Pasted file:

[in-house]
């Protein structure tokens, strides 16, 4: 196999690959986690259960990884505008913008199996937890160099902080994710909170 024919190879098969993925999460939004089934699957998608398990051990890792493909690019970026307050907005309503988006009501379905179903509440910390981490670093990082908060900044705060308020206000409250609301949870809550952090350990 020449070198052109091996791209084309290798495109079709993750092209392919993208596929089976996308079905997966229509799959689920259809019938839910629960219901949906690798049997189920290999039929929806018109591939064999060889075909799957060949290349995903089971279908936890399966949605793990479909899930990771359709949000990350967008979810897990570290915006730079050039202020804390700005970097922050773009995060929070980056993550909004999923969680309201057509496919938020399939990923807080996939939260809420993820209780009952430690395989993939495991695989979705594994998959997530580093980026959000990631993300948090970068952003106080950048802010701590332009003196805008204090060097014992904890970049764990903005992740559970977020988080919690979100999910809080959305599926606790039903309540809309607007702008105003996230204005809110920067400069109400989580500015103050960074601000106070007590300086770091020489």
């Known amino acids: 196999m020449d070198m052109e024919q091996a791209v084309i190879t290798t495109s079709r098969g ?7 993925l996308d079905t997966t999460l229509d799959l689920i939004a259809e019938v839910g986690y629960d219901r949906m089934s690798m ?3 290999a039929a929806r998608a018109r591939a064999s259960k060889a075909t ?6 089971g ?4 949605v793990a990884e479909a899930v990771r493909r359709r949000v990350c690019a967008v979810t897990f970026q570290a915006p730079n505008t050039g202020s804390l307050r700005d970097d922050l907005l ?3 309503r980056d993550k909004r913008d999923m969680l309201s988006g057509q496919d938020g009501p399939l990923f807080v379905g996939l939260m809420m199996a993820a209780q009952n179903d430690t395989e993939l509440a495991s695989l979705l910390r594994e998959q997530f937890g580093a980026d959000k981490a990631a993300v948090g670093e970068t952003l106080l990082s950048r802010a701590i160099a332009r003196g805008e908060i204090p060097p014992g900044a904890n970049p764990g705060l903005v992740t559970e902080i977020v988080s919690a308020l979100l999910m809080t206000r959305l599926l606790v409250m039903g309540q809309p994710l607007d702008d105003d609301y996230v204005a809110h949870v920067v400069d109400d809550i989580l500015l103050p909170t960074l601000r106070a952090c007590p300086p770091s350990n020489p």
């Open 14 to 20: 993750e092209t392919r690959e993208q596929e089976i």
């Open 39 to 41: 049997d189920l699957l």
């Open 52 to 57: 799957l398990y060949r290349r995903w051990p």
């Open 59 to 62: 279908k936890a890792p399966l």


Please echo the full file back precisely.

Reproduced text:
[in-house]
């Protein structure tokens, strides 16, 4: 196999690959986690259960990884505008913008199996937890160099902080994710909170 024919190879098969993925999460939004089934699957998608398990051990890792493909690019970026307050907005309503988006009501379905179903509440910390981490670093990082908060900044705060308020206000409250609301949870809550952090350990 020449070198052109091996791209084309290798495109079709993750092209392919993208596929089976996308079905997966229509799959689920259809019938839910629960219901949906690798049997189920290999039929929806018109591939064999060889075909799957060949290349995903089971279908936890399966949605793990479909899930990771359709949000990350967008979810897990570290915006730079050039202020804390700005970097922050773009995060929070980056993550909004999923969680309201057509496919938020399939990923807080996939939260809420993820209780009952430690395989993939495991695989979705594994998959997530580093980026959000990631993300948090970068952003106080950048802010701590332009003196805008204090060097014992904890970049764990903005992740559970977020988080919690979100999910809080959305599926606790039903309540809309607007702008105003996230204005809110920067400069109400989580500015103050960074601000106070007590300086770091020489």
């Known amino acids: 196999m020449d070198m052109e024919q091996a791209v084309i190879t290798t495109s079709r098969g ?7 993925l996308d079905t997966t999460l229509d799959l689920i939004a259809e019938v839910g986690y629960d219901r949906m089934s690798m ?3 290999a039929a929806r998608a018109r591939a064999s259960k060889a075909t ?6 089971g ?4 949605v793990a990884e479909a899930v990771r493909r359709r949000v990350c690019a967008v979810t897990f970026q570290a915006p730079n505008t050039g202020s804390l307050r700005d970097d922050l907005l ?3 309503r980056d993550k909004r913008d999923m969680l309201s988006g057509q496919d938020g009501p399939l990923f807080v379905g996939l939260m809420m199996a993820a209780q009952n179903d430690t395989e993939l509440a495991s695989l979705l910390r594994e998959q997530f937890g580093a980026d959000k981490a990631a993300v948090g670093e970068t952003l106080l990082s950048r802010a701590i160099a332009r003196g805008e908060i204090p060097p014992g900044a904890n970049p764990g705060l903005v992740t559970e902080i977020v988080s919690a308020l979100l999910m809080t206000r959305l599926l606790v409250m039903g309540q809309p994710l607007d702008d105003d609301y996230v204005a809110h949870v920067v400069d109400d809550i989580l500015l103050p909170t960074l601000r106070a952090c007590p300086p770091s350990n020489p």
């Open 14 to 20: 993750e092209t392919r690959e993208q596929e089976i």
């Open 39 to 41: 049997d189920l699957l």
């Open 52 to 57: 799957l398990y060949r290349r995903w051990p």
């Open 59 to 62: 279908k936890a890792p399966l």